According to reports on world population, the adult population is likely to increase by 2030. This research examines two articles on adult population and psychiatric conditions and the access to outpatient mental health services used by older population. The study will focus on the access of outpatient services by the elderly population suffering from psychiatric related ailments; it will determine whether the care is effective on adult population and the role nurse practitioners play in these cases. Ultimately, the core objective of this research is to expose the major issues in the provision of psychiatry services to the elderly population, to expound on the efforts to address the challenges in outpatient mental health services and the strategies applied to solve them.
Discussion of the Two Articles Chosen
The research seeks to study two articles, the first, older adults and mental health issues and opportunities and the second, outpatient mental health services used by older adults after acute psychiatric hospitalization.
The two are chosen due to the overwhelming evidence regarding psychiatric care to the senior adults in the country (World Health Organization, 2012). A survey by National Hospital discharge revealed that 9.2% of patients discharged from psychiatric facilities after the short stay was of the elderly population.
The key terms used in the analysis were searched for in different databases including World Health Organization (WHO) and MEDLINE the main terms used in the search are, "psychiatric services", "mental health services", "community mental health centres", "outpatient mental health services" and , "nurse practitioners". Articles on Global mental Health were searched to source for information on community mental health care across the world (WHO, 2012).
Furthermore, evidence also showed that older patients rarely completed full treatment in the inpatient facilities even though it is highly recommended for the favourable response to medication, many preferred to complete treatment in extended care facilities at outpatient facilities. In the second article, it is clear that issues and opportunities regarding older adults and mental health present challenges in the field of nursing specifically mental health and old age. The above reports raise the cause of concern and call for actions towards alleviating the plight of the elderly population living with mental disorders and the need for infrastructure to be put place to address the increasing numbers of the adult population that will need psychiatric services shortly. To answer this questions it is important comprehend the primary care given to elderly patients, the barriers encountered in provision of services and the contributing factors towards the sequence of service use.
Specific search strategies were applied to establish the data used for the research, a study of the report of the surgeon general on mental health and old age will be reviewed. Sampling was done to examine the access of outpatient mental health services by the elderly population, the method of sampling was done by recruiting older adults from the neuropsychiatric section of a nursing teaching hospital in the outpatient mental health service. The demographic characteristics of both articles show that there is a need for supportive services to enhance the primary care of mental health cases in the elderly adults. The results from the findings of the two cases led to the two chosen articles for research.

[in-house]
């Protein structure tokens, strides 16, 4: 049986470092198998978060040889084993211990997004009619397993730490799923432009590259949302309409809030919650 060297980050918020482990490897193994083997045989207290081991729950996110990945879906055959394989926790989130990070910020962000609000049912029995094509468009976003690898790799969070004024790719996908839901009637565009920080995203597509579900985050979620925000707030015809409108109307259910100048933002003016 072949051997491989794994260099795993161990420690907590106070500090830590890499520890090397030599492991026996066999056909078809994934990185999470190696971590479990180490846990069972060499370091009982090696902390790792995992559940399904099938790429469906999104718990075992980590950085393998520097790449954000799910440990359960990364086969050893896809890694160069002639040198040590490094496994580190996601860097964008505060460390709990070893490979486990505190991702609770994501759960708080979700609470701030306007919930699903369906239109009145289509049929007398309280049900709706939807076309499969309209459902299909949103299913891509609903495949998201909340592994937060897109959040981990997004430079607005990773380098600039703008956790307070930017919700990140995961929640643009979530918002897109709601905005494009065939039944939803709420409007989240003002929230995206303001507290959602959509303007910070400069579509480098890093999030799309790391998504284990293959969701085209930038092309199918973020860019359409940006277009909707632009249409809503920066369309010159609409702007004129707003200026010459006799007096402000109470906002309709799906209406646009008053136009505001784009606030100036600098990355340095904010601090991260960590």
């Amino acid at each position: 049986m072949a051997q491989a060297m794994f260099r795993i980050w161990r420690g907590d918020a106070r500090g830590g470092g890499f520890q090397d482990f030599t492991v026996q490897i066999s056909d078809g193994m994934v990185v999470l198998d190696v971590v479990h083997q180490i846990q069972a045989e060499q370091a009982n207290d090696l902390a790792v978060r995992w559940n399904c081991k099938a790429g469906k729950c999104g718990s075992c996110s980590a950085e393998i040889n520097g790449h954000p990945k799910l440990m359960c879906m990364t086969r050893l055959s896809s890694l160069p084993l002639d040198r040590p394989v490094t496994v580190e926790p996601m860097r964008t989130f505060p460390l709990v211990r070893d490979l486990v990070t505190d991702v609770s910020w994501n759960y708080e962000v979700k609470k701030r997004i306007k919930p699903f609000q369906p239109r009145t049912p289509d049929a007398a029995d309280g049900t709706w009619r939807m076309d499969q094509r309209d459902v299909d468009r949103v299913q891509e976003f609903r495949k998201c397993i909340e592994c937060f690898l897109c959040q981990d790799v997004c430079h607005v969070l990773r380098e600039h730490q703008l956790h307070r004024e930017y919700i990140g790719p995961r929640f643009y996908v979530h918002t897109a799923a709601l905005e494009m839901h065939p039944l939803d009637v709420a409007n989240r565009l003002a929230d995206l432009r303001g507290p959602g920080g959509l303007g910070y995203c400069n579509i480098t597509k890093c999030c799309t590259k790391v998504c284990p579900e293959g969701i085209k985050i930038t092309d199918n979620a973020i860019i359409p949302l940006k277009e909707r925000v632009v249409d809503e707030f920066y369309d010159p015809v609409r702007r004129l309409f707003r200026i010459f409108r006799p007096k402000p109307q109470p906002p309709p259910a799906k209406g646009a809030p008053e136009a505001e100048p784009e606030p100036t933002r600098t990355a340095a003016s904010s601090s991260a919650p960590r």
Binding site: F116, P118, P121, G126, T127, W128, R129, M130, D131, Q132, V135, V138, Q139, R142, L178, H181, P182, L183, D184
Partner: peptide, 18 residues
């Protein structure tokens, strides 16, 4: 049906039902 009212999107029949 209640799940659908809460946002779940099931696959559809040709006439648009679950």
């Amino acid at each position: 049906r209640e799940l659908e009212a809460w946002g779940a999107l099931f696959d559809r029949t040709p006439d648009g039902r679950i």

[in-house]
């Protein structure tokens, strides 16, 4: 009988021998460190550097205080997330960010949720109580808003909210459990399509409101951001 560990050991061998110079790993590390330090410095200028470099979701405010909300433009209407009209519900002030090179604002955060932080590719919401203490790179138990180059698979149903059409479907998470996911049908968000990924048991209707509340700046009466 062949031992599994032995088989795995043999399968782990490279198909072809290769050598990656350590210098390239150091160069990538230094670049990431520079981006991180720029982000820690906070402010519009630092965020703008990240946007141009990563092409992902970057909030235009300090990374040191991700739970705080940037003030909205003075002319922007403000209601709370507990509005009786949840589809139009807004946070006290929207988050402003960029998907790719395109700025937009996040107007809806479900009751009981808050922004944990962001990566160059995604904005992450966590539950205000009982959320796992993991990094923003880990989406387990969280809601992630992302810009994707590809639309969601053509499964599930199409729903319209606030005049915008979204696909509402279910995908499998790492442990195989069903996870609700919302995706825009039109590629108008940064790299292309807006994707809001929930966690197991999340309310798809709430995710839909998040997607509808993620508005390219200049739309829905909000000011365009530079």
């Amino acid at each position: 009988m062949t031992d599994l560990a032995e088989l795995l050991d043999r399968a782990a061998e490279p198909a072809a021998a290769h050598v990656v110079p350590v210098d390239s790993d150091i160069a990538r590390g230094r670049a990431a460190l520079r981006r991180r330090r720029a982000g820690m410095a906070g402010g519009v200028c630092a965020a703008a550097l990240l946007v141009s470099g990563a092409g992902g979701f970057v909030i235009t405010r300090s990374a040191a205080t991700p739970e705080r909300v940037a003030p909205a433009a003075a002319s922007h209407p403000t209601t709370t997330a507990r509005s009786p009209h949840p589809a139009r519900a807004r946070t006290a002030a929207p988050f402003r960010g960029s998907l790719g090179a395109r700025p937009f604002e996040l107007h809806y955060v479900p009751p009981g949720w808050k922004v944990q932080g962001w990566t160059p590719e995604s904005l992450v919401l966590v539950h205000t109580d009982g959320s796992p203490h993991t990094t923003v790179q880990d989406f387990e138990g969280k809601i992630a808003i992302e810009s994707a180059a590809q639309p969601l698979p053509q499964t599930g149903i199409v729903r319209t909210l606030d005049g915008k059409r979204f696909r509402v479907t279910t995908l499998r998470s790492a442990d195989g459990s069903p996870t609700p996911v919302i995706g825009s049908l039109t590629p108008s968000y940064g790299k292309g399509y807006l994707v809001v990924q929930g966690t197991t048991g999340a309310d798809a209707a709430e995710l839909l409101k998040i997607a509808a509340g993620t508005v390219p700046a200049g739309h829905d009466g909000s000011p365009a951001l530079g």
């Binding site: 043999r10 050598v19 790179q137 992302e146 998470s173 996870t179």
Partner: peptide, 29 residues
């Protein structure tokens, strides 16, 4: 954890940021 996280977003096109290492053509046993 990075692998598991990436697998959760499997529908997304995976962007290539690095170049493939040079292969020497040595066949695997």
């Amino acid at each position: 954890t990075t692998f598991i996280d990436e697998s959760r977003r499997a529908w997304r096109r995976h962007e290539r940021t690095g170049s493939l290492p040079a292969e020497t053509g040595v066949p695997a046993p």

Method of Data Analysis
According to the Evidence Matrix table, the tool used for research was geropsychiatric approach. The demographic data and psychiatric health information of the subjects were sourced from their hospital medical records. Level of Evidence from World Health organization makes the Grade of Recommendations trusted since the source is thorough in its research, findings and recommendations, WHO (2012).
The tool used to measure access to outpatient mental health services is the Epidemiologic Catchment Area study. Nurse practitioners including psychiatrists and primary care nurses provided the information on the mental health care services provided to the elderly patients. The rationale of the evidence was based on enabling factors like marital status and the geographical location of the patients residence, and secondly the predisposing factors like the patients age and race and lastly the need factors of the patient.
The evidence was a basis for strong recommendations, the clergy in the resident location of the elderly patients need to involve in the care of the patients due to the level of trust that has been developed and the level of contact they have with the clergy. There is a need to train the clergy on treating mental ailments as this will enhance their standard of awareness and recognizing the signs of mental illness and patients that need urgent psychiatric attention ( Young et al., 2014).
The second recommendation is to engage a model that will integrate primary care and psychiatric care to create a link that will enable older patients in rural areas to access outpatient mental care through community health care centres and outpatient clinics. The primary health care system has to be overhauled to provide adequate mental health services to the elderly in the rural areas; there is the need to address the shortage of nurse practitioners in rural settings to increase access to health services to the mentally ill.
Applicability of the Findings